Bill Clinton has launched the first Nobel Prize for teachers at the Global Education and Skills Forum in Dubai.
The former president and honorary chairman of the Varkey GEMS Foundation, which is running the award, officially opened applications and nominations for the Varkey GEMS Foundation Global Teacher Prize.
The prize recognises an exceptional teacher who makes an outstanding contribution to the profession.
The winner will receive $1m (£602,000) in equal instalments over 10 years. The Varkey GEMS Foundation will provide the winning teacher with financial counselling over the period. Conditions of the award are that the winner must serve as a global ambassador for Varkey, remain a teacher for at least five years after winning and attend public events and speak at public forums.
Any teacher currently working in compulsory education is eligible to enter the competition. They must have achieved exceptional results in student learning and gone "beyond the classroom" to gain respect within the community.
They must also have encouraged other teachers to join the profession and contributed ideas as to how to raise teaching standards.
After applications close on 31 August, the winner will be picked by the Global Teacher Prize Academy, which includes head teachers, journalists, scientists and celebrities such as Kevin Spacey and jazz musician Esperanza Spalding. The winner from 10 finalists will then be announced in November.
"This is just the beginning of the road. The truth is that there is never any reward that will be enough to fully repay the debt we all owe to our teachers."
At the launch of the award, Sunny Varkey, founder of the Varkey GEMS Foundation, said: "When was the last time you saw a teacher on the front cover of any major international magazine? I don't think I have ever seen one. Every year, Time magazine has their ten top people of the year. I can't remember the last time I saw a teacher appear on that list.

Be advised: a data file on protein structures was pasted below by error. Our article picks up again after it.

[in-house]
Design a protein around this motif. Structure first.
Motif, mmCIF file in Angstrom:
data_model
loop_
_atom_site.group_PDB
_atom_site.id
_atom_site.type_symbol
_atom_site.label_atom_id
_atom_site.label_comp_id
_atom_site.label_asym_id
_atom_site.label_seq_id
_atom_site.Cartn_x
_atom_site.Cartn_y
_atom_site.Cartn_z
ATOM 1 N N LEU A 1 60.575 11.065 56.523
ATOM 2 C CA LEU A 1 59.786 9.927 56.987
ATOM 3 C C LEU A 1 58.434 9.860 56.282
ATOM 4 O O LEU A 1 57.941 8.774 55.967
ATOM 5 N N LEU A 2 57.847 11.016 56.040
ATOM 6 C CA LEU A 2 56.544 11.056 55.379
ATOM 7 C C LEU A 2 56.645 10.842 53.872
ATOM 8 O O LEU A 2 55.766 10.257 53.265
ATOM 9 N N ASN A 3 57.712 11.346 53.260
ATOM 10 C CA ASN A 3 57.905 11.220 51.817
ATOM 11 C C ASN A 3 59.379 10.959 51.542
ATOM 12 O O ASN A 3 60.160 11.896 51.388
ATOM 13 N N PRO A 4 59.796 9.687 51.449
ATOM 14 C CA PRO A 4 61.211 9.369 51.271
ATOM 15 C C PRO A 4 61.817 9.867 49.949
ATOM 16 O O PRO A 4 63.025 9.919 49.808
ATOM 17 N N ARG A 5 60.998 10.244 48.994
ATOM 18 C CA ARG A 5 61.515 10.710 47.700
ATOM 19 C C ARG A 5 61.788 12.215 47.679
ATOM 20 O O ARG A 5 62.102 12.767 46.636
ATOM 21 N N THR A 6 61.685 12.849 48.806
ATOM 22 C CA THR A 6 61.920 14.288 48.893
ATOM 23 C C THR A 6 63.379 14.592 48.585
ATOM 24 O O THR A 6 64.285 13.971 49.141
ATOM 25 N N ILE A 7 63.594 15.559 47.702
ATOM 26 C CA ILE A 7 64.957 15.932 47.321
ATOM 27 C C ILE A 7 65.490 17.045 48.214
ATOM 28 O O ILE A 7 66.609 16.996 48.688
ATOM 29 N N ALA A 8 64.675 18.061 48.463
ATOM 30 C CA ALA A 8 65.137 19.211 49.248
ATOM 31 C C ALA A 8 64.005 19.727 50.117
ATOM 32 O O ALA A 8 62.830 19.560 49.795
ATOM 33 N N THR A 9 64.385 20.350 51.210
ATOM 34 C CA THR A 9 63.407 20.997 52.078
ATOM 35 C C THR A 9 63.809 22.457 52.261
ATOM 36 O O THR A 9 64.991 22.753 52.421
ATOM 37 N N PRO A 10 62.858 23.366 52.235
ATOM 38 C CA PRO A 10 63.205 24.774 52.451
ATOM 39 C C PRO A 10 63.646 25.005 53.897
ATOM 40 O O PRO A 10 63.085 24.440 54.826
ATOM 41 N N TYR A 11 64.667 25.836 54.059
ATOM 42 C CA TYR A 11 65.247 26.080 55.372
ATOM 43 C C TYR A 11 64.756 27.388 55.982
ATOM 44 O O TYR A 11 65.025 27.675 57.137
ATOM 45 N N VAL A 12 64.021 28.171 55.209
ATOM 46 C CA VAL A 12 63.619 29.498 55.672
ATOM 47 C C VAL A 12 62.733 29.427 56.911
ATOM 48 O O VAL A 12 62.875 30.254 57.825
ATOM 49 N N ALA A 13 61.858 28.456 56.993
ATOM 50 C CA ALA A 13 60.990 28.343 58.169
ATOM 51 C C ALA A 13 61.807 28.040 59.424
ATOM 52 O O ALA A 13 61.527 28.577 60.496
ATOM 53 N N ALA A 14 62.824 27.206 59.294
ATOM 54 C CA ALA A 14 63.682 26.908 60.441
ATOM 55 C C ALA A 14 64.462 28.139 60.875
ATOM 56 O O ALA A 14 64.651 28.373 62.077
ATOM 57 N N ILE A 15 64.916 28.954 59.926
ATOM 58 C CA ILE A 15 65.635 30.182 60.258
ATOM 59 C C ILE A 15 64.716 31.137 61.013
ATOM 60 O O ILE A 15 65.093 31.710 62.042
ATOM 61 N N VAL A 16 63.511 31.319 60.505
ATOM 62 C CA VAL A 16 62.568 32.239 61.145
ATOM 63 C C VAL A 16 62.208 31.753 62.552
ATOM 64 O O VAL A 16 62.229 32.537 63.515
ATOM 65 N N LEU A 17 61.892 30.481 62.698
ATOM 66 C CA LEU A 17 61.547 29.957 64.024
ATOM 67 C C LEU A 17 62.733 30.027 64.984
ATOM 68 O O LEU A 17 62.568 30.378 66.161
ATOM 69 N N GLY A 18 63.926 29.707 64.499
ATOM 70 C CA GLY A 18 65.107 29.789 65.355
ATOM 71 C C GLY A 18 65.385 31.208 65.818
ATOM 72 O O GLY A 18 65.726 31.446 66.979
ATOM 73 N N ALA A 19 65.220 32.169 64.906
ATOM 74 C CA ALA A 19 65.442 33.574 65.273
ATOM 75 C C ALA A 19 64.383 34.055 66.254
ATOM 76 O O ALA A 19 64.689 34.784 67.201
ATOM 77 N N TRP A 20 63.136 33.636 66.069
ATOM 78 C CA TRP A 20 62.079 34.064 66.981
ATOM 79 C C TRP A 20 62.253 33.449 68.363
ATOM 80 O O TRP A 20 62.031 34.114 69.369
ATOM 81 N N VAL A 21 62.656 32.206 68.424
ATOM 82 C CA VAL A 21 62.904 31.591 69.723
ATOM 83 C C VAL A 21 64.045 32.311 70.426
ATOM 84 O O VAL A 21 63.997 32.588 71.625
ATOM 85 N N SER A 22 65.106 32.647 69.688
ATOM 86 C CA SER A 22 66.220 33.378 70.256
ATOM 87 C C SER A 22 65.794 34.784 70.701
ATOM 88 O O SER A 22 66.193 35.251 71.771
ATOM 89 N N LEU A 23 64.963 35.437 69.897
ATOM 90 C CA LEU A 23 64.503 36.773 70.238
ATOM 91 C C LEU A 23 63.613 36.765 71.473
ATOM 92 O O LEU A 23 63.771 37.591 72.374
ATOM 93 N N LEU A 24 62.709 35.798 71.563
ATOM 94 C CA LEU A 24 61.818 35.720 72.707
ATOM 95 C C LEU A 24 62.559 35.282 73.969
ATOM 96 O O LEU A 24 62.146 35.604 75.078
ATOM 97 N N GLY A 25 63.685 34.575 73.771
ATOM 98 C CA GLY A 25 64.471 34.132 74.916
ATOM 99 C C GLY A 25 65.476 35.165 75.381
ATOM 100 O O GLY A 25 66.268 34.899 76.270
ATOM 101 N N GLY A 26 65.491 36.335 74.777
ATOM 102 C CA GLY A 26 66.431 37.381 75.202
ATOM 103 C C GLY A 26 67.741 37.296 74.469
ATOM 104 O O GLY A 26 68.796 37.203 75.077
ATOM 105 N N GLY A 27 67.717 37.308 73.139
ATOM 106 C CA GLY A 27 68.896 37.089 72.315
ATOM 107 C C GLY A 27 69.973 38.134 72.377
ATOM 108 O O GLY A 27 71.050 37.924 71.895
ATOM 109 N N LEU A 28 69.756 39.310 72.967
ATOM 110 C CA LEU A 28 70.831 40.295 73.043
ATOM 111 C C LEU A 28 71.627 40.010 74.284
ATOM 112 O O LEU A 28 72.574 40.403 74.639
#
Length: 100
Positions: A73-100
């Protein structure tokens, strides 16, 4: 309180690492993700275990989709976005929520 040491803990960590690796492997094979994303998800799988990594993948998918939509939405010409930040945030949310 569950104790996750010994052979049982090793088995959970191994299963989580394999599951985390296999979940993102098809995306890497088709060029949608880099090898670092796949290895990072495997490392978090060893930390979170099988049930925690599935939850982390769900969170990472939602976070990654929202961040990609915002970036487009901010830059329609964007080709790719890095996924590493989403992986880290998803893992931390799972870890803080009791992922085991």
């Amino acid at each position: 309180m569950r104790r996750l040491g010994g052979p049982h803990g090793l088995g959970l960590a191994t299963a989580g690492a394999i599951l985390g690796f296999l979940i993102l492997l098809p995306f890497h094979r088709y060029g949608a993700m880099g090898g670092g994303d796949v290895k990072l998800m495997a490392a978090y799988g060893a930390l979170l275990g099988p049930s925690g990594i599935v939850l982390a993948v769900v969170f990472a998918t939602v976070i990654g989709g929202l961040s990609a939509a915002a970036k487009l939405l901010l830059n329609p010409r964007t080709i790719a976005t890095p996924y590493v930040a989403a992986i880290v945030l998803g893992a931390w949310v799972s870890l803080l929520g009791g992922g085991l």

"I'm not pointing the finger. After all, this is our society. We are all to blame for this. My fear is that the problem is going to go from bad to worse.
"And all of us who care about education and who care about creating a peaceful world must do whatever we can to turn this around. That is why we have created this prize to find the most exceptional teacher, who has made an outstanding contribution to the profession. It's not just about money. It's about unearthing thousands of stories of courage and inspiration.
"We are sending a really clear sign. We are doing something that no-one has ever done before. We want our prize to be every bit as great and prestigious as winning a Nobel Prize or an Oscar."
Clinton added: "This is just the beginning of the road. The truth is that there is never any reward that will be enough to fully repay the debt we all owe to our teachers.
"But we can play our part in honouring one of the world's greatest professions with this prize. By celebrating teachers, we all win. Because we need great teachers to grow great minds ... to create a more peaceful, a more secure and a more just world."